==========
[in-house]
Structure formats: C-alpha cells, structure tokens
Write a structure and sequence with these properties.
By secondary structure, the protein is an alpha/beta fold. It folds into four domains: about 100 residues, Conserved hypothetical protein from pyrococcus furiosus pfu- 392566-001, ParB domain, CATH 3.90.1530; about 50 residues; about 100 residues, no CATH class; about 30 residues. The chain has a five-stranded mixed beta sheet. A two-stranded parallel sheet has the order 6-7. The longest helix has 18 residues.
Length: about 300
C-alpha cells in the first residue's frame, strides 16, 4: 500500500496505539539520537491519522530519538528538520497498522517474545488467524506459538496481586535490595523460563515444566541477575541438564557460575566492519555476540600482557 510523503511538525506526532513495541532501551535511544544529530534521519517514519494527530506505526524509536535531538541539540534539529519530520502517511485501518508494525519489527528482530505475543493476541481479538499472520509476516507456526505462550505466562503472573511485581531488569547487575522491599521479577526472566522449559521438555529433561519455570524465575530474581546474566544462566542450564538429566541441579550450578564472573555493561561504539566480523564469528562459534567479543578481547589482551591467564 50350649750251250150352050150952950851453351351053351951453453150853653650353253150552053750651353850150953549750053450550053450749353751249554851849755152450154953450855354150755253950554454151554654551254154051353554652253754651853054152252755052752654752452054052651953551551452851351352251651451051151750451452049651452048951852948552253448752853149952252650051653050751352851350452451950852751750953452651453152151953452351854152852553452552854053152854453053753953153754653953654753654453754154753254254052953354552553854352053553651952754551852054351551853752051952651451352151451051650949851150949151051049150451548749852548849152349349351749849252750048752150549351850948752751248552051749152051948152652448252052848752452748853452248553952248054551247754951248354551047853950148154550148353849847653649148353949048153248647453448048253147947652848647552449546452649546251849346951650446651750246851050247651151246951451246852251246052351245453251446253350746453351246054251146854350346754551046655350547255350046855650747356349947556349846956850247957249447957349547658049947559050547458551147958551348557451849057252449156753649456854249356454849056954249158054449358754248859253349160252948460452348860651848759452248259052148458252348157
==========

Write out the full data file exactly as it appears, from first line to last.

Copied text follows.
[in-house]
Structure formats: C-alpha cells, structure tokens
Write a structure and sequence with these properties.
By secondary structure, the protein is an alpha/beta fold. It folds into four domains: about 100 residues, Conserved hypothetical protein from pyrococcus furiosus pfu- 392566-001, ParB domain, CATH 3.90.1530; about 50 residues; about 100 residues, no CATH class; about 30 residues. The chain has a five-stranded mixed beta sheet. A two-stranded parallel sheet has the order 6-7. The longest helix has 18 residues.
Length: about 300
C-alpha cells in the first residue's frame, strides 16, 4: 500500500496505539539520537491519522530519538528538520497498522517474545488467524506459538496481586535490595523460563515444566541477575541438564557460575566492519555476540600482557 510523503511538525506526532513495541532501551535511544544529530534521519517514519494527530506505526524509536535531538541539540534539529519530520502517511485501518508494525519489527528482530505475543493476541481479538499472520509476516507456526505462550505466562503472573511485581531488569547487575522491599521479577526472566522449559521438555529433561519455570524465575530474581546474566544462566542450564538429566541441579550450578564472573555493561561504539566480523564469528562459534567479543578481547589482551591467564 50350649750251250150352050150952950851453351351053351951453453150853653650353253150552053750651353850150953549750053450550053450749353751249554851849755152450154953450855354150755253950554454151554654551254154051353554652253754651853054152252755052752654752452054052651953551551452851351352251651451051151750451452049651452048951852948552253448752853149952252650051653050751352851350452451950852751750953452651453152151953452351854152852553452552854053152854453053753953153754653953654753654453754154753254254052953354552553854352053553651952754551852054351551853752051952651451352151451051650949851150949151051049150451548749852548849152349349351749849252750048752150549351850948752751248552051749152051948152652448252052848752452748853452248553952248054551247754951248354551047853950148154550148353849847653649148353949048153248647453448048253147947652848647552449546452649546251849346951650446651750246851050247651151246951451246852251246052351245453251446253350746453351246054251146854350346754551046655350547255350046855650747356349947556349846956850247957249447957349547658049947559050547458551147958551348557451849057252449156753649456854249356454849056954249158054449358754248859253349160252948460452348860651848759452248259052148458252348157